More Kiwis are worried about climate change because of Covid-19 – and fear the pandemic will delay a crucial time for curbing future warming, a new poll finds.
The third annual poll commissioned by insurer IAG also found most Kiwis think New Zealand is heading in the right direction on climate policy - but not fast enough.
The poll, carried out by Ipsos, and which surveyed 1000 people over a week in mid-June, again showed climate change was a big issue for New Zealanders.
Nearly half now thought Government actions were now good – up from just a third in 2018 – and nearly four in 10 felt New Zealand would be able to hit its emissions reduction targets, despite analyses showing the country is so far falling short.
When it came to Covid-19, people were worried about disruption – 45 per cent thought the economic recovery could delay action, and 86 per cent thought climate change should be part of New Zealand's bounceback.
On the plus side, a third agreed the Covid-19 crisis had made climate change more important to them.
The majority of respondents also thought they would be personally affected by it – for instance, more than 80 per cent believed the world would see more extreme droughts, floods, storms and water shortages – and nearly two thirds were already taking steps to minimise its impact on them.
But , nearly a third were more worried about how climate change would impact them, rather than about their impact on climate change.
Between two thirds and three quarters of respondents thought some people might need to move from where they lived and wanted councils to zone land specifically because of climate change.
Nearly half thought the Government should buy out severely affected property owners – and a third believed taxes and local rates should be put toward the response.
More specifically, people had conflicting views about the pricing of climate risk, with some wanting banks and insurers to reflect it in their products, and others wanting cross-subsidisation and government intervention.
Three quarters thought there would need to be a rethink on land use – and agreed that the Government should also invest in better infrastructure.
IAG New Zealand's sustainability and climate change spokesman, Bryce Davies, said the country couldn't afford to lose its focus on climate change.
"Reducing and adapting to the impacts of climate change must be part of our economic response to Covid-19," he said.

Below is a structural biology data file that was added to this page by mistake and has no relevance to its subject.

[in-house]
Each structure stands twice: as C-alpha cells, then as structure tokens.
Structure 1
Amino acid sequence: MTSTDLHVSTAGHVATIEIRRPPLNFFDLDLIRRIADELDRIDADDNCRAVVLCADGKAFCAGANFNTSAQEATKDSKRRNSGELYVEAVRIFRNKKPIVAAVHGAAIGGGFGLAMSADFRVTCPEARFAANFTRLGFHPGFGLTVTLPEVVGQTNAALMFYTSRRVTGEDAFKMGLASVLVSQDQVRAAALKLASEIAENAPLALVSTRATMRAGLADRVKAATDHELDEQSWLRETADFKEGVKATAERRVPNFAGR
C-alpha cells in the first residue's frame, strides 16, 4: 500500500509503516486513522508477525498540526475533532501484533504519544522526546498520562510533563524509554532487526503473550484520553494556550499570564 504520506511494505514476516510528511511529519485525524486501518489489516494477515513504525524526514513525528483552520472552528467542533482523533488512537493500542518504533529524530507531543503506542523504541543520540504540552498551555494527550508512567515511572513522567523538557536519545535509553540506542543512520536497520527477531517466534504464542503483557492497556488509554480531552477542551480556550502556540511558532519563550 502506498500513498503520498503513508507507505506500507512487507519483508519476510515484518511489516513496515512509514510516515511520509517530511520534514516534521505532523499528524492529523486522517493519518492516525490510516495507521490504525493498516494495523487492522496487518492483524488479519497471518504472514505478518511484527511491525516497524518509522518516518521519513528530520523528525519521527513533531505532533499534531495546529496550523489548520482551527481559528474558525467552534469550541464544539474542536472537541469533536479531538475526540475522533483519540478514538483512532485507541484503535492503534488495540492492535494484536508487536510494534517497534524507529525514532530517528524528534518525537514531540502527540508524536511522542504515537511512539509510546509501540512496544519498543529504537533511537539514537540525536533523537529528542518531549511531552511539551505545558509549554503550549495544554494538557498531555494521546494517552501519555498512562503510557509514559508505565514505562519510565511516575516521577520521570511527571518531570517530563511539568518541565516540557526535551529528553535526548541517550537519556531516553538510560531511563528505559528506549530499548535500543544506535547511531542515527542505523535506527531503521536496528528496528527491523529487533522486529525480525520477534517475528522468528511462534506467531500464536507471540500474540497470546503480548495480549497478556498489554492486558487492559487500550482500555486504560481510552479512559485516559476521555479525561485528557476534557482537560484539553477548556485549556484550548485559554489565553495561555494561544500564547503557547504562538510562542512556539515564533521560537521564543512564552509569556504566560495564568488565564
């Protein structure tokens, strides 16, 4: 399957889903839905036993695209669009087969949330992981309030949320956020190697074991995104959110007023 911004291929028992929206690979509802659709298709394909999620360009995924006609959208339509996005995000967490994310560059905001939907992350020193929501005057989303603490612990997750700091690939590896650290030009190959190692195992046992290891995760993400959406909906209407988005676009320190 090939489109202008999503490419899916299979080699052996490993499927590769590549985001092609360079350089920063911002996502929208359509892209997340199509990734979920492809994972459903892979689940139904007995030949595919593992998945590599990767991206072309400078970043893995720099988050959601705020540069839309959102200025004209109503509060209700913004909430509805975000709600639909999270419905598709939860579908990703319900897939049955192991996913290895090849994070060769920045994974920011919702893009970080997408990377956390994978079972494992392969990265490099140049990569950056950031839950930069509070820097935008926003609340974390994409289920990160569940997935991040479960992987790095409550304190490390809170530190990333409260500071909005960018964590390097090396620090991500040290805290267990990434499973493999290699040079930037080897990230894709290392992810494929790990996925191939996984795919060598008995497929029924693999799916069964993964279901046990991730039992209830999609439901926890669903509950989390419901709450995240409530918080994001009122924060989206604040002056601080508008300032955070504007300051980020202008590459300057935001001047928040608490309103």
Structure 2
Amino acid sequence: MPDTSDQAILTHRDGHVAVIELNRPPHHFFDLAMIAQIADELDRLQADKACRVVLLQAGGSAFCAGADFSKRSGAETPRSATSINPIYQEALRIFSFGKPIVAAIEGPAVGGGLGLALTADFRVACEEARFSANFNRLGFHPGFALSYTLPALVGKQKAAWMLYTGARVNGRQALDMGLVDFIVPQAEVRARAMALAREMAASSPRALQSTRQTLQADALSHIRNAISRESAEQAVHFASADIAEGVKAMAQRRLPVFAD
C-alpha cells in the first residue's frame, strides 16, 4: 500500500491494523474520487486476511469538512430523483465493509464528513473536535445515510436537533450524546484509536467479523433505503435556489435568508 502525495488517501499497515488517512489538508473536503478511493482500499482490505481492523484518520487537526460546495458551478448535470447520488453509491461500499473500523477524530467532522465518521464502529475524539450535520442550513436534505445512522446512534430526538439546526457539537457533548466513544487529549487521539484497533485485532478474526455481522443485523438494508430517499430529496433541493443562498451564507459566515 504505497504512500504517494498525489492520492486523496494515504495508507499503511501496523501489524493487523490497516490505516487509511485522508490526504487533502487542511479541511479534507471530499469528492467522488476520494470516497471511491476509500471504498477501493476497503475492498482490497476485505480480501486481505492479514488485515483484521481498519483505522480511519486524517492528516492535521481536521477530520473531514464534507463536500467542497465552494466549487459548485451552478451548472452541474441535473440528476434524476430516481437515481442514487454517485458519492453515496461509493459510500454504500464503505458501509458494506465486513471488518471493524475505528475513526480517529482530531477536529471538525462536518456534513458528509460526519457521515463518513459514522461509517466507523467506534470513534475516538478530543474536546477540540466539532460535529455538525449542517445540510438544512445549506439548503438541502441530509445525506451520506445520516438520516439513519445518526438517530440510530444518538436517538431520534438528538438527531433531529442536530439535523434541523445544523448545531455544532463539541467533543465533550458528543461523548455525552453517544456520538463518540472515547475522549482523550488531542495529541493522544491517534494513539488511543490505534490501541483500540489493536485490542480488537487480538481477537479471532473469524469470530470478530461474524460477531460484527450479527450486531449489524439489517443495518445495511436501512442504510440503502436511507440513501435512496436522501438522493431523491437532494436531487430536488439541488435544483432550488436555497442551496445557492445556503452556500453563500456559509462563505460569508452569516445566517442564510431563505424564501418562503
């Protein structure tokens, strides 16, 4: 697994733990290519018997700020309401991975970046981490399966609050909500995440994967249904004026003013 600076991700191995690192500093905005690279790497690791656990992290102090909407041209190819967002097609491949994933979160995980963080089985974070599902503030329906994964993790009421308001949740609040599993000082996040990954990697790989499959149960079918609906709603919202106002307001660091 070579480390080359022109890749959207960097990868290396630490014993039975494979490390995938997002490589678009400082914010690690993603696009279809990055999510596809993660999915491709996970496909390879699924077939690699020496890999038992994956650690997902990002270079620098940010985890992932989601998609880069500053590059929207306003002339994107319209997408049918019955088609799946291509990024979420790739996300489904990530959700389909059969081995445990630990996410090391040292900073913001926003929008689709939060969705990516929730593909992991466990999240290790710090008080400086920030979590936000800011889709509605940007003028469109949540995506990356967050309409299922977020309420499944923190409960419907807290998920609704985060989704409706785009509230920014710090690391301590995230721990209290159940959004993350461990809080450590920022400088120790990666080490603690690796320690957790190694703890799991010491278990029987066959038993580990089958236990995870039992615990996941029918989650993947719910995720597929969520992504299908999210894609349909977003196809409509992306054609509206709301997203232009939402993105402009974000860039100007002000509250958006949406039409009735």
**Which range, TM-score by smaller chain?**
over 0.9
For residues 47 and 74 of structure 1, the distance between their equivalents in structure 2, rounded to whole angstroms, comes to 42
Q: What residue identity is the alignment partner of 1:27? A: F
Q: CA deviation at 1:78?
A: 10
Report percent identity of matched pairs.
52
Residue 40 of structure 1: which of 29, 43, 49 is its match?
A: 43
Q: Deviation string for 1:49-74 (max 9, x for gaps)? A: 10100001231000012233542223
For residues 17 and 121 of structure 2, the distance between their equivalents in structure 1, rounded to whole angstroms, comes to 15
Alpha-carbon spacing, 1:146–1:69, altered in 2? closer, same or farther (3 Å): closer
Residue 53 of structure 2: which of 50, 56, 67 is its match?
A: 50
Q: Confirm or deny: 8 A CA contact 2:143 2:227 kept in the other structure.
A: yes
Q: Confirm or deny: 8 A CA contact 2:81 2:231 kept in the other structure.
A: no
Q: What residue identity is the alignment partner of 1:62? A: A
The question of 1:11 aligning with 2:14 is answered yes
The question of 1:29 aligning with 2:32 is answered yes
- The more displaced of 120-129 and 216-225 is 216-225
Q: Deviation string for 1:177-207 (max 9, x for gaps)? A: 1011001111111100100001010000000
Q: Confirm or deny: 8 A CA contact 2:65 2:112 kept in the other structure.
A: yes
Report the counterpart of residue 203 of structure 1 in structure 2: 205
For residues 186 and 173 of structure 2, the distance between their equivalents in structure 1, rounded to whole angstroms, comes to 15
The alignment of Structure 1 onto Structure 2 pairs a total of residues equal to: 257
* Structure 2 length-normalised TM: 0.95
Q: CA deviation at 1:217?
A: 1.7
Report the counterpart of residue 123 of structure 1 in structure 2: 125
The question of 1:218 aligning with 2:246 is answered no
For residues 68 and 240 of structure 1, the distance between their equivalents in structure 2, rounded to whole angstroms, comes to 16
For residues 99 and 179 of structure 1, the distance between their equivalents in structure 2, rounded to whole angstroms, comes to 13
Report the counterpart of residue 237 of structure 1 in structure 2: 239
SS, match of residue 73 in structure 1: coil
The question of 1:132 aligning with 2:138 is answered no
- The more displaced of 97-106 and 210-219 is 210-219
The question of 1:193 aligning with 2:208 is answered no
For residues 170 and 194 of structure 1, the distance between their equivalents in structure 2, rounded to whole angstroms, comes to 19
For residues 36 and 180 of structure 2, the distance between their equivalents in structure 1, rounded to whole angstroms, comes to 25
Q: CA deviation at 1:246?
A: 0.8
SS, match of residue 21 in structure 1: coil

"No matter what steps are taken to reduce climate change, we cannot escape its impacts and we all have to start thinking about how we are going to adapt to them."
Victoria University climate scientist Professor James Renwick said the views around Covid-19 were particularly interesting.
"The improvement in air quality we saw around the world in March and April as the world economy slowed down brought home to many of us that human activity does directly affect the air we breathe and the state of our environment," Renwick said.
"The effects on greenhouse gas emissions and the pace of climate change have been less dramatic, but still have led to a reduction in emissions this year of around 7 or 8 per cent, comparable with what is needed every year from now on if we are to stop global warming at around 1.5C."
Again, he said, this had demonstrated that concerted action can make a difference.
"The goal now is to find ways to reduce emissions every year in a way that does not damage economic activity so much."
Climate Change Minister James Shaw noted the results showed a big jump in the number of people pleased with the Government's progress to date, but acknowledged they wanted it to go further and faster.
"In just three years we have put in place one of the world's most ambitious policy frameworks to bring our emissions down, so imagine what's possible if we continue to take the action people are demanding of us," he said.
"The results do also confirm what we have been saying for a long time: that our recovery from the global pandemic needs to prioritise action that helps solve the climate crisis.
"People recognise that we have a once-in-a-century opportunity to change, to plan our recovery, create a climate-friendly economy that works for everyone."
In the year since the last poll, South Canterbury bore the brunt of the second-most costly weather event of the 21st century, the Timaru hailstorm, which cost more than $130 million in insurance claims.
New Zealand skies turned red and brown during the summer due to the "Black Summer" Australian bushfires which burnt through an estimated 186,000sq km, destroying 5900 buildings, killing a billion animals and 34 people, and costing an estimated $5b.
Since the poll, Northland has suffered a severe rainstorm which resulted in more than 1000 claims so far for IAG alone. The recovery effort was expected to last months.
Under the Paris accord, New Zealand has pledged to slash emissions by 30 per cent below 2005 levels, and 11 per cent below 1990 levels, by 2030.
Shaw has tasked the recently formed Climate Change Commission to investigate whether those targets – which sit alongside the Government's zero-carbon 2050 goal – are ambitious enough to meet the UN's aspirational target of limiting warming to 1.5C above pre-industrial levels.
Stuff reported this month that Ministry for the Environment officials have already told Shaw that New Zealand's Paris Agreement targets allowed some 85m tonnes more emissions this decade than would be compatible with a 1.5C goal.